On models of meteoroid disruption into the cloud of fragments

I.G. Brykina, M.D. Bragin

Planetary and Space Science
In Press, Journal Pre-proof, Available online 27 April 2020



• Proposed and accepted models of meteoroid disruption into fragment cloud are compared.
• Ablation is modeled using proposed formula for radiative heat transfer coefficient.
• Energy deposition of Chelyabinsk meteoroid is modeled using various pancake models.
• Proposed model gives the best agreement with observational energy deposition curve.”

“The meteoroid disruption into a large number of fragments when they move with a common shock wave before dispersion to a sufficient distance to move independently is considered. Disrupted meteoroid under the action of pressure forces is deformed: it is compressed in a flight direction and expands in a lateral one. Four models of the meteoroid disruption into a cloud of fragments moving as a single body are considered: two models developed by the authors and two models used in the literature (Grigoryan, 1979; Hills and Goda, 1993). The principal differences between the proposed and accepted models are shown. Numerical solutions of the meteor physics equations are obtained using the above models to simulate the interaction of the Chelyabinsk meteoroid with the atmosphere. To model the meteoroid ablation, an approximate formula is used for the radiative heat transfer coefficient as a function of the meteoroid velocity and size and the atmospheric density. The influence of the heat transfer coefficient uncertainty (including its constant value) on the meteoroid mass loss, energy deposition and initial mass estimate is studied. Solutions using different fragmentation models are compared with each other and with observational data and the results of comparisons are discussed.”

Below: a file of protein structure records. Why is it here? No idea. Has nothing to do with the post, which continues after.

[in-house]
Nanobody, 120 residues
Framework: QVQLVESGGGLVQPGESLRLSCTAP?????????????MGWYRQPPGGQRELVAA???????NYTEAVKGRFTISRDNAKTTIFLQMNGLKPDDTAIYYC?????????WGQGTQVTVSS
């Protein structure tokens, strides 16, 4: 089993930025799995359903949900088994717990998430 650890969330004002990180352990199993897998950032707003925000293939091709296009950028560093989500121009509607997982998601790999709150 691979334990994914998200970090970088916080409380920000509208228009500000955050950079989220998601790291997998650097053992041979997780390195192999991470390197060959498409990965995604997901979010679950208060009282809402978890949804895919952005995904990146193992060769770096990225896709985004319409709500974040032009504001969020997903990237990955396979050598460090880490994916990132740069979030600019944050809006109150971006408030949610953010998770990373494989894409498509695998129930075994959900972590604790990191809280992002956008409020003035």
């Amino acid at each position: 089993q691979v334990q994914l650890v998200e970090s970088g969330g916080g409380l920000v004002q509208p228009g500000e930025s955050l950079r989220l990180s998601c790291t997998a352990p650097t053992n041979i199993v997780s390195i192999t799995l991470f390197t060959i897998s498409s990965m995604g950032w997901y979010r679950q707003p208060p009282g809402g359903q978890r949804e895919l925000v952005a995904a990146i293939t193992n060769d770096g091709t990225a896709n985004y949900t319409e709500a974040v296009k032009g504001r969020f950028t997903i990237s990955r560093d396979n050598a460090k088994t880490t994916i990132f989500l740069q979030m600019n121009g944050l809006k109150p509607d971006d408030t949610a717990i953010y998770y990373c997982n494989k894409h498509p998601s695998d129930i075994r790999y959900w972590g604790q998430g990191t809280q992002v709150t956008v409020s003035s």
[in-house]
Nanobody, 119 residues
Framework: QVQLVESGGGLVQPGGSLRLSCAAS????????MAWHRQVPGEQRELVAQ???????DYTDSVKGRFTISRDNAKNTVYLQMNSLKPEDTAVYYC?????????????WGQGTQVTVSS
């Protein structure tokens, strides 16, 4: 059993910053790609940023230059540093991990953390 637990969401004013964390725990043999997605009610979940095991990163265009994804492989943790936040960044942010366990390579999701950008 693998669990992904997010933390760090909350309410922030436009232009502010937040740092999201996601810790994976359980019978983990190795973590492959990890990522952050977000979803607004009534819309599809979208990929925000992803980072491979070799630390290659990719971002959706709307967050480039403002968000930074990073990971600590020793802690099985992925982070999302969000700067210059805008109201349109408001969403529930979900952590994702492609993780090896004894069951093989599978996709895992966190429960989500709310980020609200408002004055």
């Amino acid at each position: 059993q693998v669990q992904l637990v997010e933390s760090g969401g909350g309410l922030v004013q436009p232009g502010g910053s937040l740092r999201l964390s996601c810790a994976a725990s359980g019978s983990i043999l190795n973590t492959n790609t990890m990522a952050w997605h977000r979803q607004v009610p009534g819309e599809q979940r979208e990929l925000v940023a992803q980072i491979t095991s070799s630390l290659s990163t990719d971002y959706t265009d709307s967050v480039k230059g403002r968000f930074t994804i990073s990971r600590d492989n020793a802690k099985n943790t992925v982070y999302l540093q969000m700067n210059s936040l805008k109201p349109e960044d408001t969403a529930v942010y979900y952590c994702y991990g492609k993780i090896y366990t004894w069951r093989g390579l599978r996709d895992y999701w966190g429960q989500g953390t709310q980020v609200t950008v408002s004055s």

Corrigendum to “On models of meteoroid disruption into the cloud of fragments” [Planet. Space Sci. 187 (2020) 104942]

I.G. Brykina, M.D. Bragin

Planetary and Space Science
Available online 10 September 2020, 105085


“The authors regret the accidental errors:


The second formula (9) should not contain the Greek letter Tau.


In section 4, when estimating the entry mass of the Chelyabinsk meteoroid, the power exponent should be everywhere 10 (9), without minus sign, and not −10 (−9). >

The authors would like to apologise for any inconvenience caused.”